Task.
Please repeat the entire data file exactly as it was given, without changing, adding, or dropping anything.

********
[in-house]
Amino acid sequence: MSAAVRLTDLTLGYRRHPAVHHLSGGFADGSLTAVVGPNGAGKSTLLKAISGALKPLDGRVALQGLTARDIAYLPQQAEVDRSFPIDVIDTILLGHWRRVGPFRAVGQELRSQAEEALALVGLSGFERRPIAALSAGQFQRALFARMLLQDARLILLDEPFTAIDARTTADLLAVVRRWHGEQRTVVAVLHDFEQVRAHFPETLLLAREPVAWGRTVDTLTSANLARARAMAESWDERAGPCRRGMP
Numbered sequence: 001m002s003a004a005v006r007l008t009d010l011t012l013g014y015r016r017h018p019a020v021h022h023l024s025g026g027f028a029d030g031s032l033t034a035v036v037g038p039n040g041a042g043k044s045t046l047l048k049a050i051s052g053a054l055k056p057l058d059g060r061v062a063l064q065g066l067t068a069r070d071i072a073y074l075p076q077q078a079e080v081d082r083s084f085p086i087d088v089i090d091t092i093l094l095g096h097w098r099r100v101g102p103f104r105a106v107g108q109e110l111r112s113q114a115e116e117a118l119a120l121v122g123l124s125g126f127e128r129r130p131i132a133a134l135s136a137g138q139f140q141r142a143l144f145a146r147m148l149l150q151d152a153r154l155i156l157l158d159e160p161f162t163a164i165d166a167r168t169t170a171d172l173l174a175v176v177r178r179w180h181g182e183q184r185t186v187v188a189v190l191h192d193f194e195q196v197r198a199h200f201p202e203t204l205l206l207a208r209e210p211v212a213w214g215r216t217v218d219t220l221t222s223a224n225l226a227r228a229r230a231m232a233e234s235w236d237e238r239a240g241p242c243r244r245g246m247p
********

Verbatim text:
[in-house]
Amino acid sequence: MSAAVRLTDLTLGYRRHPAVHHLSGGFADGSLTAVVGPNGAGKSTLLKAISGALKPLDGRVALQGLTARDIAYLPQQAEVDRSFPIDVIDTILLGHWRRVGPFRAVGQELRSQAEEALALVGLSGFERRPIAALSAGQFQRALFARMLLQDARLILLDEPFTAIDARTTADLLAVVRRWHGEQRTVVAVLHDFEQVRAHFPETLLLAREPVAWGRTVDTLTSANLARARAMAESWDERAGPCRRGMP
Numbered sequence: 001m002s003a004a005v006r007l008t009d010l011t012l013g014y015r016r017h018p019a020v021h022h023l024s025g026g027f028a029d030g031s032l033t034a035v036v037g038p039n040g041a042g043k044s045t046l047l048k049a050i051s052g053a054l055k056p057l058d059g060r061v062a063l064q065g066l067t068a069r070d071i072a073y074l075p076q077q078a079e080v081d082r083s084f085p086i087d088v089i090d091t092i093l094l095g096h097w098r099r100v101g102p103f104r105a106v107g108q109e110l111r112s113q114a115e116e117a118l119a120l121v122g123l124s125g126f127e128r129r130p131i132a133a134l135s136a137g138q139f140q141r142a143l144f145a146r147m148l149l150q151d152a153r154l155i156l157l158d159e160p161f162t163a164i165d166a167r168t169t170a171d172l173l174a175v176v177r178r179w180h181g182e183q184r185t186v187v188a189v190l191h192d193f194e195q196v197r198a199h200f201p202e203t204l205l206l207a208r209e210p211v212a213w214g215r216t217v218d219t220l221t222s223a224n225l226a227r228a229r230a231m232a233e234s235w236d237e238r239a240g241p242c243r244r245g246m247p